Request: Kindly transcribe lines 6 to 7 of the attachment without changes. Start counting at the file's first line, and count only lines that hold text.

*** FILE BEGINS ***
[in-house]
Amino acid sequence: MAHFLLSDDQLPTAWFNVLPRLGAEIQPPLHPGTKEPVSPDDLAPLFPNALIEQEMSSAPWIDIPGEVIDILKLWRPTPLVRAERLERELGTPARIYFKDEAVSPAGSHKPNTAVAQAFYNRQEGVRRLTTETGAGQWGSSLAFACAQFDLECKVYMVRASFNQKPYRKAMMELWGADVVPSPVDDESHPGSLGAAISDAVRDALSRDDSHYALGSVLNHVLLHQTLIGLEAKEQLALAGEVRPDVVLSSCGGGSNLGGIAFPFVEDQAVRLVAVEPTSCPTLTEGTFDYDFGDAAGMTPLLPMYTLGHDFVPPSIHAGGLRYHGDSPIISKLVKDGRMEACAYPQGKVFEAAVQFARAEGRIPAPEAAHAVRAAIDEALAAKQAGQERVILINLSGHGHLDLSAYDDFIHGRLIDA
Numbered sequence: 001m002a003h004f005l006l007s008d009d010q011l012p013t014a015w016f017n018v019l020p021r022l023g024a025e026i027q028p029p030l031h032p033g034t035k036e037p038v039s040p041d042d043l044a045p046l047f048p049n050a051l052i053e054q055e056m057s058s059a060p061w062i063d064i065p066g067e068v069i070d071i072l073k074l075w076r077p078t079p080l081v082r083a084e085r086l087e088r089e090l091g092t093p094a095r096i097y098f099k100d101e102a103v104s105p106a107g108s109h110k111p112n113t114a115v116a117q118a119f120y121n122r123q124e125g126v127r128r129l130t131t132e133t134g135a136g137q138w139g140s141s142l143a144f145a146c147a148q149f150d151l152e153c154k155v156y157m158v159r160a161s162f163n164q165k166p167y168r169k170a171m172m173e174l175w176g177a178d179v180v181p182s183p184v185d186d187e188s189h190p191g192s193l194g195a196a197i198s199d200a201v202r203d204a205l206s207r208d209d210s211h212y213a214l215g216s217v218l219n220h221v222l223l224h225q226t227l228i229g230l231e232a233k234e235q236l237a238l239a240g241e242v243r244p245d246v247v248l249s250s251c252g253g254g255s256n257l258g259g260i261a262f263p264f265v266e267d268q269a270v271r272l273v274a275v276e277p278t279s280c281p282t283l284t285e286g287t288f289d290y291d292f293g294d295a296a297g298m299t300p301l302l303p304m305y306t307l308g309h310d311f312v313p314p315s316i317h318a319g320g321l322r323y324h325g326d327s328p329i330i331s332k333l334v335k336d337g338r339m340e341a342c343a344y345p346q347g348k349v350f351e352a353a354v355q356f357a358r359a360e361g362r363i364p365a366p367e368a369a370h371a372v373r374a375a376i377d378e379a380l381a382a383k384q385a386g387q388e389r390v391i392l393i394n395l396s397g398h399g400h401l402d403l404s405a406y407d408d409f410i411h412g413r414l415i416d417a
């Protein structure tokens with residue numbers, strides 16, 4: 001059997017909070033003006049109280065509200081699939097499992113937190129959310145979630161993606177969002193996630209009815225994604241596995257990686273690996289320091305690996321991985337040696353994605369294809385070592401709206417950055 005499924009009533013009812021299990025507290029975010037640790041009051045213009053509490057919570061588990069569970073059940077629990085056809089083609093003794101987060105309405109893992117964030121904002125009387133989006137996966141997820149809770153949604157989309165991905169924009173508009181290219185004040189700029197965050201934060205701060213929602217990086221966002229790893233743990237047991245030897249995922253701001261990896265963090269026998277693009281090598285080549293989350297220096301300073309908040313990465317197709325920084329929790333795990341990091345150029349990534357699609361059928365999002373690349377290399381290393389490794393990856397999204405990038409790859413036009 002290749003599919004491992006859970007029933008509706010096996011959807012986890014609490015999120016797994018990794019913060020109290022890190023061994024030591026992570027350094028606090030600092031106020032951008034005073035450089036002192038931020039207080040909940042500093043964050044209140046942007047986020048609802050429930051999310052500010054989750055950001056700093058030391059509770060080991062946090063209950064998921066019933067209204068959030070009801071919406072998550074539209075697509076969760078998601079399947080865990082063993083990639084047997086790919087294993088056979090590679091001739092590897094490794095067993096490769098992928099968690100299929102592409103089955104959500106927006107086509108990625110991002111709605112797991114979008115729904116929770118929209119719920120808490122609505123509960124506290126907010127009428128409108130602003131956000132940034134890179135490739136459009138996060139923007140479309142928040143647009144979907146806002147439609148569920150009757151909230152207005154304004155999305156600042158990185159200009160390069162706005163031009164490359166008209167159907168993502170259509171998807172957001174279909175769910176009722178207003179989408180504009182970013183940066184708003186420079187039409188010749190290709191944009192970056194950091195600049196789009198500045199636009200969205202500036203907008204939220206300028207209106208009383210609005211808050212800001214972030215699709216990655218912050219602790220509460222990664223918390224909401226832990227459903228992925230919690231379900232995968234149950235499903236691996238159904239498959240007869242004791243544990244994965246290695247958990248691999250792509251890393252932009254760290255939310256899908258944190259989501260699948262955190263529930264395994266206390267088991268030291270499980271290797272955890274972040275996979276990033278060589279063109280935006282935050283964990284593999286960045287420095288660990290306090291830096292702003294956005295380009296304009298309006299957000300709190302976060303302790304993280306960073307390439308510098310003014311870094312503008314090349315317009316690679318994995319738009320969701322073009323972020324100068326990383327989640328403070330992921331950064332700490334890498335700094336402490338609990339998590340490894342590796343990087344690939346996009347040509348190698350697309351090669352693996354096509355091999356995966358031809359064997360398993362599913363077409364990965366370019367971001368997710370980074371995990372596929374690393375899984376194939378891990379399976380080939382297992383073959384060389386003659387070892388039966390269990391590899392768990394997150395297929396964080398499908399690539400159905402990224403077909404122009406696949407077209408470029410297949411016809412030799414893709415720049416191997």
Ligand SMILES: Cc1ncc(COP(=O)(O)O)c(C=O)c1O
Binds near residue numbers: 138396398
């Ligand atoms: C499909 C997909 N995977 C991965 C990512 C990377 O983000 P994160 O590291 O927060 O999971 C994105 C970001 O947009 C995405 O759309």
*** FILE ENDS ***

Binds near residue numbers: 138396398
């Ligand atoms: C499909 C997909 N995977 C991965 C990512 C990377 O983000 P994160 O590291 O927060 O999971 C994105 C970001 O947009 C995405 O759309």